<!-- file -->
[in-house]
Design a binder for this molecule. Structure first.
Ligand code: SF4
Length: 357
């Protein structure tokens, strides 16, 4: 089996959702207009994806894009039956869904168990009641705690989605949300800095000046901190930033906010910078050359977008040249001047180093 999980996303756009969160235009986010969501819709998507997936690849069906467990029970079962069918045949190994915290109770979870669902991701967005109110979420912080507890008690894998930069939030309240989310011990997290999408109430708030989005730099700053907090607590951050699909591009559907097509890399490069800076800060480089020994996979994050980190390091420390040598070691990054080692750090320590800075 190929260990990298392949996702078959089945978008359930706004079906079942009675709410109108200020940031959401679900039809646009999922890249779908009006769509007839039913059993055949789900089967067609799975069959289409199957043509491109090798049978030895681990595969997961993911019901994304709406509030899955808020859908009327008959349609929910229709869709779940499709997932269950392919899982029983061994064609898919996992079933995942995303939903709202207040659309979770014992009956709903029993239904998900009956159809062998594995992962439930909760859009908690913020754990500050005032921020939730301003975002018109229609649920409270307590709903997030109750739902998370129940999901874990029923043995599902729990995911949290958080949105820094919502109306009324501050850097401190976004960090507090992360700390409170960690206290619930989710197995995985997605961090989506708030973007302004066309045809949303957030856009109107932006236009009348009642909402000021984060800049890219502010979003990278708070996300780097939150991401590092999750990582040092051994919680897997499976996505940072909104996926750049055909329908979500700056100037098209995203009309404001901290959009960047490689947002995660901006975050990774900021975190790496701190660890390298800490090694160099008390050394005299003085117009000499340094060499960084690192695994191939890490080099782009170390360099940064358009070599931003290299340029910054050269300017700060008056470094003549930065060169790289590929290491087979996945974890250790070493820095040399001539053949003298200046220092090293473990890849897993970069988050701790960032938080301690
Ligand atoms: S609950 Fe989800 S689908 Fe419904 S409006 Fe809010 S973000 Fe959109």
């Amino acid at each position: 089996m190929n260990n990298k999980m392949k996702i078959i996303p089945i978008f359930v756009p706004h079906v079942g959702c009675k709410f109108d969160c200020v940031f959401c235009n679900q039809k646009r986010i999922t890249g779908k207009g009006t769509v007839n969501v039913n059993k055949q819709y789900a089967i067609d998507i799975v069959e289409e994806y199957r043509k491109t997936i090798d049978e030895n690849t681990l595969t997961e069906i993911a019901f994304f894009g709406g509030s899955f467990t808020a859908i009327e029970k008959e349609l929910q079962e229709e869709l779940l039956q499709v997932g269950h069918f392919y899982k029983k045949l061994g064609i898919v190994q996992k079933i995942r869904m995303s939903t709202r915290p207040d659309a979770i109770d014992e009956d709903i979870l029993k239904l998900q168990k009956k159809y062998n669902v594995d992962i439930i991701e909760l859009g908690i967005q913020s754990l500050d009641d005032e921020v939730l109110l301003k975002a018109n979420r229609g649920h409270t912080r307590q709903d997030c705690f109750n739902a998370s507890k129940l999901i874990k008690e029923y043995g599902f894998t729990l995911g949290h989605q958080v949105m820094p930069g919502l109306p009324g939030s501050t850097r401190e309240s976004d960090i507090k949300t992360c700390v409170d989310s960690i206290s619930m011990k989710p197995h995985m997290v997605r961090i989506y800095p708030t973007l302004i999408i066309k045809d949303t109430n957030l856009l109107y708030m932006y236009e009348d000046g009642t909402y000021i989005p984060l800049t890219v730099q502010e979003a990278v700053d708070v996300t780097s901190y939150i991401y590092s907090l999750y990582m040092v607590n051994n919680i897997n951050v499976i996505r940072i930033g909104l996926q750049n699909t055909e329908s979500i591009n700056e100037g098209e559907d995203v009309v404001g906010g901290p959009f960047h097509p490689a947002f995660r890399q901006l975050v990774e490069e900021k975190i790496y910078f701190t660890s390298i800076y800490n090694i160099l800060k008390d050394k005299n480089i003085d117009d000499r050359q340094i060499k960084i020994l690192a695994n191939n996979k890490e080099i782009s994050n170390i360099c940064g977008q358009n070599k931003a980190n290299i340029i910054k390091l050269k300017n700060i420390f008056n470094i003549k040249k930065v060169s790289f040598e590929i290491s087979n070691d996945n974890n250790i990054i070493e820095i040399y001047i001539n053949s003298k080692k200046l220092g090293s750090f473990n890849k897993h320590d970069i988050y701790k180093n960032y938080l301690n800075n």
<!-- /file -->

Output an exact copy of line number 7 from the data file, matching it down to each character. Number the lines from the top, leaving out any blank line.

């Amino acid at each position: 089996m190929n260990n990298k999980m392949k996702i078959i996303p089945i978008f359930v756009p706004h079906v079942g959702c009675k709410f109108d969160c200020v940031f959401c235009n679900q039809k646009r986010i999922t890249g779908k207009g009006t769509v007839n969501v039913n059993k055949q819709y789900a089967i067609d998507i799975v069959e289409e994806y199957r043509k491109t997936i090798d049978e030895n690849t681990l595969t997961e069906i993911a019901f994304f894009g709406g509030s899955f467990t808020a859908i009327e029970k008959e349609l929910q079962e229709e869709l779940l039956q499709v997932g269950h069918f392919y899982k029983k045949l061994g064609i898919v190994q996992k079933i995942r869904m995303s939903t709202r915290p207040d659309a979770i109770d014992e009956d709903i979870l029993k239904l998900q168990k009956k159809y062998n669902v594995d992962i439930i991701e909760l859009g908690i967005q913020s754990l500050d009641d005032e921020v939730l109110l301003k975002a018109n979420r229609g649920h409270t912080r307590q709903d997030c705690f109750n739902a998370s507890k129940l999901i874990k008690e029923y043995g599902f894998t729990l995911g949290h989605q958080v949105m820094p930069g919502l109306p009324g939030s501050t850097r401190e309240s976004d960090i507090k949300t992360c700390v409170d989310s960690i206290s619930m011990k989710p197995h995985m997290v997605r961090i989506y800095p708030t973007l302004i999408i066309k045809d949303t109430n957030l856009l109107y708030m932006y236009e009348d000046g009642t909402y000021i989005p984060l800049t890219v730099q502010e979003a990278v700053d708070v996300t780097s901190y939150i991401y590092s907090l999750y990582m040092v607590n051994n919680i897997n951050v499976i996505r940072i930033g909104l996926q750049n699909t055909e329908s979500i591009n700056e100037g098209e559907d995203v009309v404001g906010g901290p959009f960047h097509p490689a947002f995660r890399q901006l975050v990774e490069e900021k975190i790496y910078f701190t660890s390298i800076y800490n090694i160099l800060k008390d050394k005299n480089i003085d117009d000499r050359q340094i060499k960084i020994l690192a695994n191939n996979k890490e080099i782009s994050n170390i360099c940064g977008q358009n070599k931003a980190n290299i340029i910054k390091l050269k300017n700060i420390f008056n470094i003549k040249k930065v060169s790289f040598e590929i290491s087979n070691d996945n974890n250790i990054i070493e820095i040399y001047i001539n053949s003298k080692k200046l220092g090293s750090f473990n890849k897993h320590d970069i988050y701790k180093n960032y938080l301690n800075n």